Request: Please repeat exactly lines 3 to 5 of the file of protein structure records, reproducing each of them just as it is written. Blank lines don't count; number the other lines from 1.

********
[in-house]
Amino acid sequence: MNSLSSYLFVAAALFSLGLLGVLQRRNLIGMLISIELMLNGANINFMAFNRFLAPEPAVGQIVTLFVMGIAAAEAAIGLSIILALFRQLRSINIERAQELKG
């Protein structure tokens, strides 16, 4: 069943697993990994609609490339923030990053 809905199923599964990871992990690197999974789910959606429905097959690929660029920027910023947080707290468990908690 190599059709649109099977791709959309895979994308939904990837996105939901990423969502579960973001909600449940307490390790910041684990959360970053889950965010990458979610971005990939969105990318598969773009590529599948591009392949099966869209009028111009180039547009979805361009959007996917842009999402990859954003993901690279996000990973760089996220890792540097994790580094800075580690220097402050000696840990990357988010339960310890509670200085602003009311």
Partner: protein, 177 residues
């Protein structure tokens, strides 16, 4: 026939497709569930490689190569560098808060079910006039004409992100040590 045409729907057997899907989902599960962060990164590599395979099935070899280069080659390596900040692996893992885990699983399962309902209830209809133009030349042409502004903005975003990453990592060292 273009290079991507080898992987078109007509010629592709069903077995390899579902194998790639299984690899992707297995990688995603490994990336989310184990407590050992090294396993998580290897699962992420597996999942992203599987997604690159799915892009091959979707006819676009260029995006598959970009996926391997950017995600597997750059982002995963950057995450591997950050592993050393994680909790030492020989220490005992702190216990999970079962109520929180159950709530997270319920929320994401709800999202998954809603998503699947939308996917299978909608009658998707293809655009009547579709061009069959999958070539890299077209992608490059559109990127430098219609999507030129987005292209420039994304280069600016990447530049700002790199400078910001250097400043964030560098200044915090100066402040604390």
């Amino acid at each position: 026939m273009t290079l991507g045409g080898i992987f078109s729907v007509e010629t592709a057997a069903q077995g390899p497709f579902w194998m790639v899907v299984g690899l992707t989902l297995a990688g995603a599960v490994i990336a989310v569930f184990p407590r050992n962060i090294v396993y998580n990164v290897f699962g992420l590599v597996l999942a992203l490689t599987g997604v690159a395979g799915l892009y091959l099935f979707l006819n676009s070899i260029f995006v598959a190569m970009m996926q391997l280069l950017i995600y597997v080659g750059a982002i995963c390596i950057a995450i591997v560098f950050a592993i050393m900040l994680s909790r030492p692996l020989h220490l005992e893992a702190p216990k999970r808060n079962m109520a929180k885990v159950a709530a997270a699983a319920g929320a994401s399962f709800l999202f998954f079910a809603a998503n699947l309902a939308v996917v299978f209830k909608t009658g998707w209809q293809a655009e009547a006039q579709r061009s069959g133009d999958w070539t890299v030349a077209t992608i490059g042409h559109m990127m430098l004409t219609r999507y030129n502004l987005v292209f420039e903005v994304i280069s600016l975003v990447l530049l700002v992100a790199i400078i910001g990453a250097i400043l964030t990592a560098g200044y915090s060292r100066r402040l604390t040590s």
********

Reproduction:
């Protein structure tokens, strides 16, 4: 069943697993990994609609490339923030990053 809905199923599964990871992990690197999974789910959606429905097959690929660029920027910023947080707290468990908690 190599059709649109099977791709959309895979994308939904990837996105939901990423969502579960973001909600449940307490390790910041684990959360970053889950965010990458979610971005990939969105990318598969773009590529599948591009392949099966869209009028111009180039547009979805361009959007996917842009999402990859954003993901690279996000990973760089996220890792540097994790580094800075580690220097402050000696840990990357988010339960310890509670200085602003009311």
Partner: protein, 177 residues
């Protein structure tokens, strides 16, 4: 026939497709569930490689190569560098808060079910006039004409992100040590 045409729907057997899907989902599960962060990164590599395979099935070899280069080659390596900040692996893992885990699983399962309902209830209809133009030349042409502004903005975003990453990592060292 273009290079991507080898992987078109007509010629592709069903077995390899579902194998790639299984690899992707297995990688995603490994990336989310184990407590050992090294396993998580290897699962992420597996999942992203599987997604690159799915892009091959979707006819676009260029995006598959970009996926391997950017995600597997750059982002995963950057995450591997950050592993050393994680909790030492020989220490005992702190216990999970079962109520929180159950709530997270319920929320994401709800999202998954809603998503699947939308996917299978909608009658998707293809655009009547579709061009069959999958070539890299077209992608490059559109990127430098219609999507030129987005292209420039994304280069600016990447530049700002790199400078910001250097400043964030560098200044915090100066402040604390």